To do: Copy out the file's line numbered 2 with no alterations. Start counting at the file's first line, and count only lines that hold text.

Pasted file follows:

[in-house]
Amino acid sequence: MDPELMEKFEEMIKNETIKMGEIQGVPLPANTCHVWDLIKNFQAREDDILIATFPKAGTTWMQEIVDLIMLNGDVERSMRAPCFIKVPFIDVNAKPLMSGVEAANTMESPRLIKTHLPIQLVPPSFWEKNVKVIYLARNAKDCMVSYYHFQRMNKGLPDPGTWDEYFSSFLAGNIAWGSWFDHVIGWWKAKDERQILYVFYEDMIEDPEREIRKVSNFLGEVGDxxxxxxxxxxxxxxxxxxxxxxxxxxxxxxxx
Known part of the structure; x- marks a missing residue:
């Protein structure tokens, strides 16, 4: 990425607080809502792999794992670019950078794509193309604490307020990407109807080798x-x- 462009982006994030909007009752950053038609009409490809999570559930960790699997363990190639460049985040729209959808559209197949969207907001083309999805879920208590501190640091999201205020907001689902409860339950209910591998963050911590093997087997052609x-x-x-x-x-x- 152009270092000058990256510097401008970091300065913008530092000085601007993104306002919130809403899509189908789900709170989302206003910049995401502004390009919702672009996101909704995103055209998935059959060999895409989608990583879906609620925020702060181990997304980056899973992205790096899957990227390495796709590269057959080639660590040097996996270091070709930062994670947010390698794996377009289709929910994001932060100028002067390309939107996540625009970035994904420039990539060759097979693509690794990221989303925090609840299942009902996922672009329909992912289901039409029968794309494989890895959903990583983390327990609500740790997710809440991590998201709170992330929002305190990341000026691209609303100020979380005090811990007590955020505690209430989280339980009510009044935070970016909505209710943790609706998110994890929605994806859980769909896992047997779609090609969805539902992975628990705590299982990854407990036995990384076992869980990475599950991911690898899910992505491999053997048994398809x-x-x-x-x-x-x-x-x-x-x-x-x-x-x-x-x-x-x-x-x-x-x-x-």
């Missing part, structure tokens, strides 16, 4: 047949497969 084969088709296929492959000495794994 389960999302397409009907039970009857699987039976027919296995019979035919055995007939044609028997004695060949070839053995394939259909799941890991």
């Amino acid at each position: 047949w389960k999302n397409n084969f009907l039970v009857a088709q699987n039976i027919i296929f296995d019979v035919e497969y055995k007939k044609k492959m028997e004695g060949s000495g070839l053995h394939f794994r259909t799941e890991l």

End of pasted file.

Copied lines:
Amino acid sequence: MDPELMEKFEEMIKNETIKMGEIQGVPLPANTCHVWDLIKNFQAREDDILIATFPKAGTTWMQEIVDLIMLNGDVERSMRAPCFIKVPFIDVNAKPLMSGVEAANTMESPRLIKTHLPIQLVPPSFWEKNVKVIYLARNAKDCMVSYYHFQRMNKGLPDPGTWDEYFSSFLAGNIAWGSWFDHVIGWWKAKDERQILYVFYEDMIEDPEREIRKVSNFLGEVGDxxxxxxxxxxxxxxxxxxxxxxxxxxxxxxxx